From what I've learned, training a (hard-margin) linear SVM on training data gives weights $w$ and intercept $b$ such that it forms hyperplane $\{x: x^Tw + b = 0\}$- this is the hyperplane that maximizes the margin between linearly separable data. Additionally, $w$ and $b$ are formed such that $\{x: x^Tw + b = -1\}$ and $\{x: x^Tw + b = 1\}$ give the two margin hyperplanes that each intersect with at least 1 support vector point.

However, I've read from many sources that the weights vector $w$ is supposed to be a unit vector ($||w|| = 1$). I'm confused on why/when this is necessary. Isn't the margin width specifically calculated by $\frac{2}{||w||}$? The width of the margin can't always be 2?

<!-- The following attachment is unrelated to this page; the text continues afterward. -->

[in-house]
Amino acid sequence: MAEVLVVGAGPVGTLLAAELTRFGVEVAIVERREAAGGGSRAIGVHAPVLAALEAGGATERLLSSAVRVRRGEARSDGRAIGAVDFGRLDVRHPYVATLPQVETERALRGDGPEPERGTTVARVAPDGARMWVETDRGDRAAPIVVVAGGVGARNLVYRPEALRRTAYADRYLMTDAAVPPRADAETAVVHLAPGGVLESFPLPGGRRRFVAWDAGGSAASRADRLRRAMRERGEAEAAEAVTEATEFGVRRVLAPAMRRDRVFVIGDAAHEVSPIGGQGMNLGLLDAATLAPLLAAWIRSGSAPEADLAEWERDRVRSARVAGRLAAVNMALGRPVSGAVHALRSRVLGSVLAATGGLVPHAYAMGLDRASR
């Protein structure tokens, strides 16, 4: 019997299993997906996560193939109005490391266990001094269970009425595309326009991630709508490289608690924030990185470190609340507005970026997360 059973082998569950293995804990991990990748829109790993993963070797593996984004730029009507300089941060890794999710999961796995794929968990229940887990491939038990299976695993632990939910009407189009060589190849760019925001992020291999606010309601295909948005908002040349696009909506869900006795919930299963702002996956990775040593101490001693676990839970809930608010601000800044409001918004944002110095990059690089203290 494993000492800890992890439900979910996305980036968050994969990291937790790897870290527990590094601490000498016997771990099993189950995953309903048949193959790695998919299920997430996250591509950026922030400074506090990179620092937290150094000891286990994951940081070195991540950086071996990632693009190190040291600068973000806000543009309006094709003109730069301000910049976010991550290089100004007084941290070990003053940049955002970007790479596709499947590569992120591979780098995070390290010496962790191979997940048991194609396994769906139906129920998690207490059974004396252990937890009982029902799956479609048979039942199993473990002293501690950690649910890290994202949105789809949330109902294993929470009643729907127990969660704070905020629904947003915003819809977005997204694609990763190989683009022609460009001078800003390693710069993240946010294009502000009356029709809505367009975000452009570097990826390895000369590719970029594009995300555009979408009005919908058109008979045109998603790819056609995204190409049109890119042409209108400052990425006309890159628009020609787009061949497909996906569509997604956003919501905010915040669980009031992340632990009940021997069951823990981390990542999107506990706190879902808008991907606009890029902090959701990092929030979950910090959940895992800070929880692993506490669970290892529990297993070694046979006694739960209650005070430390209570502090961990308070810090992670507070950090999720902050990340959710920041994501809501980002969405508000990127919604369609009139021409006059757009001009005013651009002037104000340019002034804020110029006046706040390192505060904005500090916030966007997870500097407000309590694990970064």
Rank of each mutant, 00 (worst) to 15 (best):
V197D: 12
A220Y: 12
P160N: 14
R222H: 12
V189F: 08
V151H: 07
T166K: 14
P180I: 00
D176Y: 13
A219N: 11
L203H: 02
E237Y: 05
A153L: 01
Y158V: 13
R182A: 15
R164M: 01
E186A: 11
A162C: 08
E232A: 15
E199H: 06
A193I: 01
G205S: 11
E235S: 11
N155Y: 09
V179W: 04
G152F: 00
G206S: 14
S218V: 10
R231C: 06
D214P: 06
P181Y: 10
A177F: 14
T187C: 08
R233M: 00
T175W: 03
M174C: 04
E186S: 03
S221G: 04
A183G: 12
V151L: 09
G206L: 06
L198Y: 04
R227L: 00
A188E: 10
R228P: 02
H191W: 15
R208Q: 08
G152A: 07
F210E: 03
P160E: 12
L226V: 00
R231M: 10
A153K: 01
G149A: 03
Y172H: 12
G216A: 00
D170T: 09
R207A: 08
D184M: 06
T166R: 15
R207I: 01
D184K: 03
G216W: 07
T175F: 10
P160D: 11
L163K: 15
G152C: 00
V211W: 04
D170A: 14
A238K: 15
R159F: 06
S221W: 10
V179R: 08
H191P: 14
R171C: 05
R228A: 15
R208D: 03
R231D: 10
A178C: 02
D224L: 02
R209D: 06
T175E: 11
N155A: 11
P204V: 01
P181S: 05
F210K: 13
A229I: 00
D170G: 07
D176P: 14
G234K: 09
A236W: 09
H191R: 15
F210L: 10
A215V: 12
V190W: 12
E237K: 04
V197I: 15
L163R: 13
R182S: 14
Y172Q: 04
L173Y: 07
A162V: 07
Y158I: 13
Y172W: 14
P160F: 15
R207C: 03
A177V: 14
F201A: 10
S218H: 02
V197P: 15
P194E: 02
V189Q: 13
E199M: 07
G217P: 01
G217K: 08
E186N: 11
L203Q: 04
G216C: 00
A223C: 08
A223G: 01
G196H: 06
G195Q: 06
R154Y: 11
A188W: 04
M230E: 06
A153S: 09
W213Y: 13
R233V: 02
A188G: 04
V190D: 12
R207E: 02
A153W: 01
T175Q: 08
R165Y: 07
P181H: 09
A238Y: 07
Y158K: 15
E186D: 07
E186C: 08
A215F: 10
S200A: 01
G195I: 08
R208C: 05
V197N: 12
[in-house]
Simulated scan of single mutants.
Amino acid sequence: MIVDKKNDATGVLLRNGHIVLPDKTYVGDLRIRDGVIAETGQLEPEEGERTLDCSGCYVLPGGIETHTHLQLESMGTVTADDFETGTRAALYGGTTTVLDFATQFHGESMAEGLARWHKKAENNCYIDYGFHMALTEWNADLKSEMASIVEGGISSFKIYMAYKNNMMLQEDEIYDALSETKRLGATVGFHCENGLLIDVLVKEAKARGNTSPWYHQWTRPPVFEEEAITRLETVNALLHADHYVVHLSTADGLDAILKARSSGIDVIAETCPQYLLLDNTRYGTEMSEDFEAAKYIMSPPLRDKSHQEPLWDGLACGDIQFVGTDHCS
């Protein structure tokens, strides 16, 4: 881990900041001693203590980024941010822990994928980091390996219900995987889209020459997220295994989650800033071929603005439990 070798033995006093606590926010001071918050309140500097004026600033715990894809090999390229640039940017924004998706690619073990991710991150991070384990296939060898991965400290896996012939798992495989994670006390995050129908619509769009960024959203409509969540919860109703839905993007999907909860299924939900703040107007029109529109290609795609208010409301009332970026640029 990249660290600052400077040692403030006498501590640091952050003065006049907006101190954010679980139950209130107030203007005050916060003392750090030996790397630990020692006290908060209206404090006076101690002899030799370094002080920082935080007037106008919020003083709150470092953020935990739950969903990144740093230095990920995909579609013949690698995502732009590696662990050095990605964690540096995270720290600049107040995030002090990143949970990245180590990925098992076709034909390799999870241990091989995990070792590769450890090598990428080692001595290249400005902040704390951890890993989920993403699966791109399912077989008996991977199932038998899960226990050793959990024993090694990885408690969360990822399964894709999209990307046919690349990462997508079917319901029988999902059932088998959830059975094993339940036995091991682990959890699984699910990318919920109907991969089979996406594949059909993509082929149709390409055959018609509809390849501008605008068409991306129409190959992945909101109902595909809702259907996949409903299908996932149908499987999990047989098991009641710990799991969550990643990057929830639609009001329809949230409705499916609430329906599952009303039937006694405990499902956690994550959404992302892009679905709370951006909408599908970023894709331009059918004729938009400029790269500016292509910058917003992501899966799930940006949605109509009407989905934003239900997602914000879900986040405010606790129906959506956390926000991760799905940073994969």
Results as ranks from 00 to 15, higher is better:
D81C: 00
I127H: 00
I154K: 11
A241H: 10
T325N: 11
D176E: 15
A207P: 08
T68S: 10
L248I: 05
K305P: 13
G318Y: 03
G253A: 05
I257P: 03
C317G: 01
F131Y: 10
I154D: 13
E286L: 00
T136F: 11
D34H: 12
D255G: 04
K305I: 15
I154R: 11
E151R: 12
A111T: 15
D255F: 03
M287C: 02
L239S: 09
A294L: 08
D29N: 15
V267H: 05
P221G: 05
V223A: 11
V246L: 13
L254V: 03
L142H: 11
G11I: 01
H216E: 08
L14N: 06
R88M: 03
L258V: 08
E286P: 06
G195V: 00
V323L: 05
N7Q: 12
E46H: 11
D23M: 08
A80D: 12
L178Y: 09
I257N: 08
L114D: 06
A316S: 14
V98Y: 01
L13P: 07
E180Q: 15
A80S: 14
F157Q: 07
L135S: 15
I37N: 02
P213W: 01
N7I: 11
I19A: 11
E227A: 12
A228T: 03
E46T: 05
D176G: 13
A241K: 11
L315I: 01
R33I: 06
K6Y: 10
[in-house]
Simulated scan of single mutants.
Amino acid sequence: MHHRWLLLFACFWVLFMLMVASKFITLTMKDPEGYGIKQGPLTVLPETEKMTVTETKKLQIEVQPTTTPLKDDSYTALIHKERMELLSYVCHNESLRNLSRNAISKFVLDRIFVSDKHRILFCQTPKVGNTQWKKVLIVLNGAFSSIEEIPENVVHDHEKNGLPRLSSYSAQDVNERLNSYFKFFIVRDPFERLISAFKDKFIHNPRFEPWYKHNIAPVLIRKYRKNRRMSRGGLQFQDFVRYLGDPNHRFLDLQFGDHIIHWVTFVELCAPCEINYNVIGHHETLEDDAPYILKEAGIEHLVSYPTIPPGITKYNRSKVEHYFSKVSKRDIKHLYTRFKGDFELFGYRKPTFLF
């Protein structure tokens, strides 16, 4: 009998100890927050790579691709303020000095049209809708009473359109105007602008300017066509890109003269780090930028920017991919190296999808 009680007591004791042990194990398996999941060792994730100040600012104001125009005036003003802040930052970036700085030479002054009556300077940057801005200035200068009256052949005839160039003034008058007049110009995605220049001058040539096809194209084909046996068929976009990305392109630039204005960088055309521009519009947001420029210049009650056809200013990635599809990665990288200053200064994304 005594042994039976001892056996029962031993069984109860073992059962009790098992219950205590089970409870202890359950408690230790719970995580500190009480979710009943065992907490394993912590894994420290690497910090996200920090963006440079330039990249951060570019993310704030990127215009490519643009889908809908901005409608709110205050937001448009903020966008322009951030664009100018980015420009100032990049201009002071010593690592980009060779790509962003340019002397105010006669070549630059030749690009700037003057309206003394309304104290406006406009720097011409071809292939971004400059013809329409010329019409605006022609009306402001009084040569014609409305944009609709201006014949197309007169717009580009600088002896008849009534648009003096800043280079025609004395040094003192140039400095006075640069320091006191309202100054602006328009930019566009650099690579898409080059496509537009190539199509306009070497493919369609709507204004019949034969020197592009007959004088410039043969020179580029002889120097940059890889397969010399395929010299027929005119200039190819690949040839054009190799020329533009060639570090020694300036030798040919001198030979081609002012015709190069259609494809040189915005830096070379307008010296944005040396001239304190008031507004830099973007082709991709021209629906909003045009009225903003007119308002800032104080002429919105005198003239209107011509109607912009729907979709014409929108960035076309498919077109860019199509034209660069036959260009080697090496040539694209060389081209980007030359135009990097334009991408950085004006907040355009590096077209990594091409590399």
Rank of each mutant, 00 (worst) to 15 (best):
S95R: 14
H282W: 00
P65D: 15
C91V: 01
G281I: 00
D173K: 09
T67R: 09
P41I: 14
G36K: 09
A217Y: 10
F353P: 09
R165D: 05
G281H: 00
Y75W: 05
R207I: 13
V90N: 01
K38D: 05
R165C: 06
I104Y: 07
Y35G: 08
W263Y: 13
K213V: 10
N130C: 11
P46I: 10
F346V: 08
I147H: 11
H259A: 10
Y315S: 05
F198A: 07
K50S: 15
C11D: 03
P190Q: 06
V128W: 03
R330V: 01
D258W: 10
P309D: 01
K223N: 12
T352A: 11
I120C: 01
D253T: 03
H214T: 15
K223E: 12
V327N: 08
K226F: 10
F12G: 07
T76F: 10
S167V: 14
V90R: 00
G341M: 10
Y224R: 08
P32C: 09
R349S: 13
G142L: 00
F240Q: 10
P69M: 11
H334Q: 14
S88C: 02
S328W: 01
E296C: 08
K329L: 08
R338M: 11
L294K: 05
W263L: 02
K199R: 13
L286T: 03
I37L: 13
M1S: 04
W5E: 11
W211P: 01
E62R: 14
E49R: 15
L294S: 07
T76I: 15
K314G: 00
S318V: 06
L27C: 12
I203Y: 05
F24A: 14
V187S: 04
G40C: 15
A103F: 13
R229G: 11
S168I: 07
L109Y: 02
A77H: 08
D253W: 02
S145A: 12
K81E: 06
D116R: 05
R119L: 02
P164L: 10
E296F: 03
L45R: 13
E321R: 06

For example, take these set of points below, which each have two features $x_1, x_2$:

enter image description here

The bold line is the max-margin hyperplane represented by $w = [\frac{1}{4}, -\frac{1}{4}], \alpha=-\frac{3}{4}$.

Of course, $w$ here is normal to the hyperplane, but is not a unit vector. What information would normalizing $w$ give us?

  • $\begingroup$ Can you link to some of these "many sources" which claim that $w$ needs to be a unit vector? $\endgroup$ – Igor F. Mar 31 at 15:26

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